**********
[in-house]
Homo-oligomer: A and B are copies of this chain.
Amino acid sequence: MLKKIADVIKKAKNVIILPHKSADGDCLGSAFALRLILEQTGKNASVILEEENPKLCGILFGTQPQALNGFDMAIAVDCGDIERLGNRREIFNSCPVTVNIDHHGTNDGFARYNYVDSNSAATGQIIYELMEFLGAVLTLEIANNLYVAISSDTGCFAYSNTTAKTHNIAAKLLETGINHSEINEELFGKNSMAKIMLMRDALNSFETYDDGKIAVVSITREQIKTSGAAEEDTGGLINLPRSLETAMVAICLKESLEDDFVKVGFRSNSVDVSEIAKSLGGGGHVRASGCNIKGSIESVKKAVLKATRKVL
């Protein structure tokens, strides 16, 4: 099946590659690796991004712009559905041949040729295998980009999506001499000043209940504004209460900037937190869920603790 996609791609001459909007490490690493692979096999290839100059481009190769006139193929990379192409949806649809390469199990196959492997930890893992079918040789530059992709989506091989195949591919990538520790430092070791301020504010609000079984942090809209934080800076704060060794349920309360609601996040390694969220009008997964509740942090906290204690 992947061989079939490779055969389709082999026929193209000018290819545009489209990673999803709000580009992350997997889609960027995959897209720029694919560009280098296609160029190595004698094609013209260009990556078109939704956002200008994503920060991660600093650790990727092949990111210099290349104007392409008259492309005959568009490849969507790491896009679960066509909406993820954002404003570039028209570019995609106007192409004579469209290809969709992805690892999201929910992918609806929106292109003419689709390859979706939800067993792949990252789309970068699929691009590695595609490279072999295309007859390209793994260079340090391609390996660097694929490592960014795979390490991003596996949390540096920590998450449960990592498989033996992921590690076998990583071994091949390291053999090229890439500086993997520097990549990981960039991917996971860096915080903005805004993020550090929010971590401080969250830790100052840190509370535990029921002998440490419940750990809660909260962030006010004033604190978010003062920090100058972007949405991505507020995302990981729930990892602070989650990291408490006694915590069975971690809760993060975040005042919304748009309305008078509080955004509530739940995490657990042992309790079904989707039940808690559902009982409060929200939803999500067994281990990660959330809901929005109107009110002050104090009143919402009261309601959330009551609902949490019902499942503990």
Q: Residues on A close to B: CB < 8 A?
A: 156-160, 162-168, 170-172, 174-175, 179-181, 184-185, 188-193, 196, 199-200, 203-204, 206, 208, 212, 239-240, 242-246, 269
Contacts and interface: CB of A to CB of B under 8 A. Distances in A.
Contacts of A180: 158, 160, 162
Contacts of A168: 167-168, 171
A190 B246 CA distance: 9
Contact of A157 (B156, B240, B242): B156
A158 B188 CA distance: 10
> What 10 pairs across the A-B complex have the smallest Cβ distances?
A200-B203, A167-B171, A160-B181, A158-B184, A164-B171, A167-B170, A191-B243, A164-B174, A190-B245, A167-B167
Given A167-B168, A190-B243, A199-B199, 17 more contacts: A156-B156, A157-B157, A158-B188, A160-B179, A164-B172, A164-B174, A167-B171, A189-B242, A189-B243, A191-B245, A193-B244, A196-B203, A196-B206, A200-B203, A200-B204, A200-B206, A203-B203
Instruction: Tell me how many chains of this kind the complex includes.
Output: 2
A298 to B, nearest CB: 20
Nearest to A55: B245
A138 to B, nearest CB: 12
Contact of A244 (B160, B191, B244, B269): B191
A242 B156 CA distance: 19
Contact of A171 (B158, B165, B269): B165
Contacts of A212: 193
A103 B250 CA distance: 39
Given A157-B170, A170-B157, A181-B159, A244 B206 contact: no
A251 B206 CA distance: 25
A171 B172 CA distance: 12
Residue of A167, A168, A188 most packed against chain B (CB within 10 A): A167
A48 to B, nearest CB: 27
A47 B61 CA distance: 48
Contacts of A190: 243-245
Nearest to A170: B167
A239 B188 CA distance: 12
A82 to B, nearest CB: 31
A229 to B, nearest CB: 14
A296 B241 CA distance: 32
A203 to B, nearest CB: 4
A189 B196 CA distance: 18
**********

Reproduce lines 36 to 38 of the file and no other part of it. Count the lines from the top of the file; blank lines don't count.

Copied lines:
A229 to B, nearest CB: 14
A296 B241 CA distance: 32
A203 to B, nearest CB: 4